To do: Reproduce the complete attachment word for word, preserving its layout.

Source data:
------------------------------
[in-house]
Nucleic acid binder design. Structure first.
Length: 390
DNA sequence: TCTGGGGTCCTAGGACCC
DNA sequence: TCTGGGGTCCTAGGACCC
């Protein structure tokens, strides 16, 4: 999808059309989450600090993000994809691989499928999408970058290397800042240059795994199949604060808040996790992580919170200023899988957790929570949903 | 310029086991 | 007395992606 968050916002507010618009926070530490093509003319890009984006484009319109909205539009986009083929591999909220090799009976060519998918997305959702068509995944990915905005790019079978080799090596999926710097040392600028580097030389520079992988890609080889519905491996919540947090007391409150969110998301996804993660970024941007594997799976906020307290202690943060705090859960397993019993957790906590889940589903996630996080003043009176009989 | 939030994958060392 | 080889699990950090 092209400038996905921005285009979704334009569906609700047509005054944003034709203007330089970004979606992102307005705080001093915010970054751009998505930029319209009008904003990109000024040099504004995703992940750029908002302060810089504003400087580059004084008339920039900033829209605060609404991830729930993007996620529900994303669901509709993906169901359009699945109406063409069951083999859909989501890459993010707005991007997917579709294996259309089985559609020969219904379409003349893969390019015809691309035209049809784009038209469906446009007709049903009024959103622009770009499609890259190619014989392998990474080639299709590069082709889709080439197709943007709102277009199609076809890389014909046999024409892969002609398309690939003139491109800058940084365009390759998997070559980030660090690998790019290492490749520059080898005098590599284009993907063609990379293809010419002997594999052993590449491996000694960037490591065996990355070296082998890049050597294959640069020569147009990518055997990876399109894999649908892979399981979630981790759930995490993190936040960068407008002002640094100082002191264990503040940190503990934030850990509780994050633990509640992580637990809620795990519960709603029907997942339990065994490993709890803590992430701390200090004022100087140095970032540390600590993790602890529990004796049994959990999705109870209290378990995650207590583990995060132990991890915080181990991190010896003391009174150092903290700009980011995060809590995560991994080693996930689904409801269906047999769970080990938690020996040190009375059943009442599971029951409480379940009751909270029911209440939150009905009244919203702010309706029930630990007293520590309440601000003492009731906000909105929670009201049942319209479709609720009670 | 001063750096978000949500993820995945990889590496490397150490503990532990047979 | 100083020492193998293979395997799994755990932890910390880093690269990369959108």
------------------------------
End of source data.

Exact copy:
[in-house]
Nucleic acid binder design. Structure first.
Length: 390
DNA sequence: TCTGGGGTCCTAGGACCC
DNA sequence: TCTGGGGTCCTAGGACCC
């Protein structure tokens, strides 16, 4: 999808059309989450600090993000994809691989499928999408970058290397800042240059795994199949604060808040996790992580919170200023899988957790929570949903 | 310029086991 | 007395992606 968050916002507010618009926070530490093509003319890009984006484009319109909205539009986009083929591999909220090799009976060519998918997305959702068509995944990915905005790019079978080799090596999926710097040392600028580097030389520079992988890609080889519905491996919540947090007391409150969110998301996804993660970024941007594997799976906020307290202690943060705090859960397993019993957790906590889940589903996630996080003043009176009989 | 939030994958060392 | 080889699990950090 092209400038996905921005285009979704334009569906609700047509005054944003034709203007330089970004979606992102307005705080001093915010970054751009998505930029319209009008904003990109000024040099504004995703992940750029908002302060810089504003400087580059004084008339920039900033829209605060609404991830729930993007996620529900994303669901509709993906169901359009699945109406063409069951083999859909989501890459993010707005991007997917579709294996259309089985559609020969219904379409003349893969390019015809691309035209049809784009038209469906446009007709049903009024959103622009770009499609890259190619014989392998990474080639299709590069082709889709080439197709943007709102277009199609076809890389014909046999024409892969002609398309690939003139491109800058940084365009390759998997070559980030660090690998790019290492490749520059080898005098590599284009993907063609990379293809010419002997594999052993590449491996000694960037490591065996990355070296082998890049050597294959640069020569147009990518055997990876399109894999649908892979399981979630981790759930995490993190936040960068407008002002640094100082002191264990503040940190503990934030850990509780994050633990509640992580637990809620795990519960709603029907997942339990065994490993709890803590992430701390200090004022100087140095970032540390600590993790602890529990004796049994959990999705109870209290378990995650207590583990995060132990991890915080181990991190010896003391009174150092903290700009980011995060809590995560991994080693996930689904409801269906047999769970080990938690020996040190009375059943009442599971029951409480379940009751909270029911209440939150009905009244919203702010309706029930630990007293520590309440601000003492009731906000909105929670009201049942319209479709609720009670 | 001063750096978000949500993820995945990889590496490397150490503990532990047979 | 100083020492193998293979395997799994755990932890910390880093690269990369959108």